Your team can make or break your company. One bad employee can poison the minds of an entire organization, while one stellar team member can set the bar high and inspire everyone around them to achieve more.
Attracting and retaining the very best talent should be one of your key priorities as CEO, but it’s about more than just offering a sizable salary and lucrative perks. These three hiring factors are as important (if not more important) than benefits and pay in bringing the right types of candidates to your door, but they’re often overlooked.
It might seem superficial, but the appearance and location of your office are literally the first impressions you make on a job candidate before they even set foot in your door.
Who wants to be pulling up for an interview at some shady-looking office park next to a pawn shop? It might be enough to make me turn the car around! Make sure your company’s physical appearance matches the reputation you want to build for yourself and your brand.
Is employee wellness a priority? Choose a location that’s close to a gym or wellness center. Are family values important to your company? Pick a family-friendly suburb for your headquarters or choose a location with convenient childcare.
If you struggle to compete with your rivals on salary, these non-monetary factors are something that can set you apart in the eyes of a top candidate.
The interior of your office says a lot about you to a job seeker, too. An in-demand employee might have his or her pick of a crop of great companies to work for, many of which will have embraced a modern, amenity-rich workplace over the dreaded row of cubicles. How do your office digs stack up?
If you’re in an industry (like technology, for example) where the culture is shifting toward a non-traditional work environment, consider embracing the trend to help you better compete for talent.
We typically think of brand perception as it pertains to our prospective customers, but there’s another equally important segment of the population we must consider: job candidates. How is your company viewed in the employment marketplace?
In a 2013 study by HR and staffing firm Randstad, 96% of prospective employees reported it would be important for their new company to have a good reputation among its employees, while nearly as many (86%) said it was important to have a good reputation in the community.
Just as customers browse your Google reviews before deciding to fork over their hard-earned cash, your prospective employees are doing their research, too, checking you out on sites like Glassdoor and LinkedIn.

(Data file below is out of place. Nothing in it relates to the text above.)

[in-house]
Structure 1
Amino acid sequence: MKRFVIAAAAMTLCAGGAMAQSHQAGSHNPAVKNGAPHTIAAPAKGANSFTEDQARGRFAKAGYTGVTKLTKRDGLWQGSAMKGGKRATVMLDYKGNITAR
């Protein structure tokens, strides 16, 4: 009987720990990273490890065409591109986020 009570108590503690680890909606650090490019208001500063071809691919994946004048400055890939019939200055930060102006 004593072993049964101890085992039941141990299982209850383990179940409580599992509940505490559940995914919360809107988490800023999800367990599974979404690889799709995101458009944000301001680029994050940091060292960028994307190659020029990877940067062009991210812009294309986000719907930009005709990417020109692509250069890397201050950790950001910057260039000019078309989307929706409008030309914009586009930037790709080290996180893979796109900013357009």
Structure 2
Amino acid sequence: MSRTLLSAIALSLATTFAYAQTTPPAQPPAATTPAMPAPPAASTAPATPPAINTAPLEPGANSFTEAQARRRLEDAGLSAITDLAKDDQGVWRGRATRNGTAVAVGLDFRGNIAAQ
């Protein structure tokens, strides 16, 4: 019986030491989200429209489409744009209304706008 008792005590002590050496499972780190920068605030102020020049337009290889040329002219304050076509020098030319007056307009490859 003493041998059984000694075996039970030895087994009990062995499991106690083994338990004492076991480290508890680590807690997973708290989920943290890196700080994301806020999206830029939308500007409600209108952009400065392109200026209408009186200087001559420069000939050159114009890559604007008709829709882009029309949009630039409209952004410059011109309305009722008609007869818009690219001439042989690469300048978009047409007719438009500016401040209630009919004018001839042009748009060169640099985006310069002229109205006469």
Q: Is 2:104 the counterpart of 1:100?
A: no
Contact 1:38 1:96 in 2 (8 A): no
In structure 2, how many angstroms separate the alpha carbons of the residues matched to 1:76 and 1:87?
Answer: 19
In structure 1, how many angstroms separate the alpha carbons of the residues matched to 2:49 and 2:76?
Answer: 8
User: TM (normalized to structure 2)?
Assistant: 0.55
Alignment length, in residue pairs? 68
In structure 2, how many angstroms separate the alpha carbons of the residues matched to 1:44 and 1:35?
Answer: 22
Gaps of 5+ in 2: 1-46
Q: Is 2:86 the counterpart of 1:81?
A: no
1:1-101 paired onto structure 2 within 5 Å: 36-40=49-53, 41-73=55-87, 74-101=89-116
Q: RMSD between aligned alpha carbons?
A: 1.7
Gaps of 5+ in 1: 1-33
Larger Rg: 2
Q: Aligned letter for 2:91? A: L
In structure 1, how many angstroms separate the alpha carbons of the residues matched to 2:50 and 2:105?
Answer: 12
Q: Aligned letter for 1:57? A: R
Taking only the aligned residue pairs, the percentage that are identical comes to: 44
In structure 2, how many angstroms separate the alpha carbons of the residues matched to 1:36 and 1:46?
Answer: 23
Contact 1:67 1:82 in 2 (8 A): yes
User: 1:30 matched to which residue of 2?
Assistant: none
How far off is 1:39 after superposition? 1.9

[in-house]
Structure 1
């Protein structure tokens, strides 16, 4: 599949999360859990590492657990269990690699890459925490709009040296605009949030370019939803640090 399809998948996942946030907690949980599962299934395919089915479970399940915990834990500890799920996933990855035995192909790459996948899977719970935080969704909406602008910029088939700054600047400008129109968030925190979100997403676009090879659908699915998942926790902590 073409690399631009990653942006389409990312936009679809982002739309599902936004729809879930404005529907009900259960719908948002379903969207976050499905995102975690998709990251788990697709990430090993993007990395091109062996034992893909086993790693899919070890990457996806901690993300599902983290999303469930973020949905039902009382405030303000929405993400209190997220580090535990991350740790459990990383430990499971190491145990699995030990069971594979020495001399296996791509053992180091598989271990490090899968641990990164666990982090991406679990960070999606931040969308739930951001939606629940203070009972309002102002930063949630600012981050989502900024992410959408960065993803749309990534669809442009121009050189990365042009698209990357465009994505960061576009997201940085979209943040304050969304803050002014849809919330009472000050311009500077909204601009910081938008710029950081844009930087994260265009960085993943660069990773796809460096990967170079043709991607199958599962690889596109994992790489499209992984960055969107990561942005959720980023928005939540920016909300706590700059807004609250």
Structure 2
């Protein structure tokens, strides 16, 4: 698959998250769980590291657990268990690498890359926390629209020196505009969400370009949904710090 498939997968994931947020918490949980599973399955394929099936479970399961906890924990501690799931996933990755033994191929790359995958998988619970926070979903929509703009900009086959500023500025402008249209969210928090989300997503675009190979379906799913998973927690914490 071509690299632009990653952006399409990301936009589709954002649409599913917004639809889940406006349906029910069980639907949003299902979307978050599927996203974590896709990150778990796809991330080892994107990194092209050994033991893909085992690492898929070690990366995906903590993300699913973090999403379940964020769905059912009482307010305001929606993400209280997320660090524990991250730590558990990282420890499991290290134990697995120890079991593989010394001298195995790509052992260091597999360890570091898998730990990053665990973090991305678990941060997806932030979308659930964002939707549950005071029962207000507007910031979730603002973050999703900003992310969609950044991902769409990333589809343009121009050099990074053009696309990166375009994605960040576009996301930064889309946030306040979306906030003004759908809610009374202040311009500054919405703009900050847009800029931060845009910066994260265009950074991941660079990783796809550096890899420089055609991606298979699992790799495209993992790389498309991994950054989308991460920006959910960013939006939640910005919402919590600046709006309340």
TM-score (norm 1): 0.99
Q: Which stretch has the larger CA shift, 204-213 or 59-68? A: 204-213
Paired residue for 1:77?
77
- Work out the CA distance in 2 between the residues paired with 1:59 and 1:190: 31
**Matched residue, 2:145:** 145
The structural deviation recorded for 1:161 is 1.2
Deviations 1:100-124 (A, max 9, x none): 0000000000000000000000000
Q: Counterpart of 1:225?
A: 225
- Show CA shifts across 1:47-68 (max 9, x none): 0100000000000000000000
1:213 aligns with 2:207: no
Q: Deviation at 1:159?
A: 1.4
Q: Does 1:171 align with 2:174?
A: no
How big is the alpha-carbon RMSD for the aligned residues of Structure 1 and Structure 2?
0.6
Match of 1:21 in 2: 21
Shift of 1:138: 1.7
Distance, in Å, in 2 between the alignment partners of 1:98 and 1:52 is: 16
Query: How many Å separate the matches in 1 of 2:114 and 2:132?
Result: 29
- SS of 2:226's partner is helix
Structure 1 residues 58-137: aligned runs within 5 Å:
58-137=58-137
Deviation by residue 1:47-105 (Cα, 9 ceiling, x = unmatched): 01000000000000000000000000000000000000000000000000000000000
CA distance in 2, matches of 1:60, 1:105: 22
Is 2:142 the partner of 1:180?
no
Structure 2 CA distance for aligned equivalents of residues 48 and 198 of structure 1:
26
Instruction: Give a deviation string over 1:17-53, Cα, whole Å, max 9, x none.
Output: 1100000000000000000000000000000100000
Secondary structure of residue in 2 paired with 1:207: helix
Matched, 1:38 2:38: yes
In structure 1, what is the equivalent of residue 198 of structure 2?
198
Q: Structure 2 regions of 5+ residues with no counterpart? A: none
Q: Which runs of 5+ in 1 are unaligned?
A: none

If you’re a small company, you might be thinking but I only have 5 employees! I don’t need one of those pages. Sometimes, though, the absence of these profiles is even worse! If a candidate can’t find anything about you online, it may not seem valuable for them to invest time in your interview process.
Make sure you’ve created profiles for your business on the most important professional social networks. At a minimum, we recommend LinkedIn as well as Glassdoor, which you set up by leaving the first positive review of your own company. It’s also a good idea to belong to any forums or social networks that are specific to your industry.
Next—and this is very important—if you receive a negative review about working for your company, respond to it. This is your chance to address anything that’s inaccurate or share how you’ve worked to correct any past issues within the company.
We talk more about handling negative reviews in this post. It’s geared toward customer service, but many of the same principles apply when you’re managing the reputation of your brand in the eyes of prospective employees.
…or the lack thereof. Your company culture is the set of values, norms, practices, feelings and beliefs held by the staff. In a nutshell, it’s your company’s personality.
Do employees stop to chat when they pass each other in the hallway, or does everyone keep to themselves? Are there informal social gatherings outside work hours, or is it strictly business among colleagues? Does everyone call the CEO by his first name, or is Mr. or Mrs. generally used?
None of those answers are necessarily right or wrong, however, they should be in line with the type of candidate you’re trying to attract.
If you operate a company that’s heavy on customer service, it would make sense to cultivate a company culture where social, affable people thrive. If you work with high-pressure clients and big-dollar deals, it might make sense to cultivate a company culture where work ethic and professionalism are valued over likeability.
In this 2015 survey of 1,400 CEOs and CFOs, more than 50% said corporate culture influences productivity, creativity, profitability, firm value and growth rates. Yet, only 15% of those surveyed said their firm’s corporate culture was where it needed to be.
Company culture is lived by your employees, but it’s defined by you. If you shape it based on the type of candidate you’re hoping to attract, you’ll be more likely to win over the best talent for your field in the long run.
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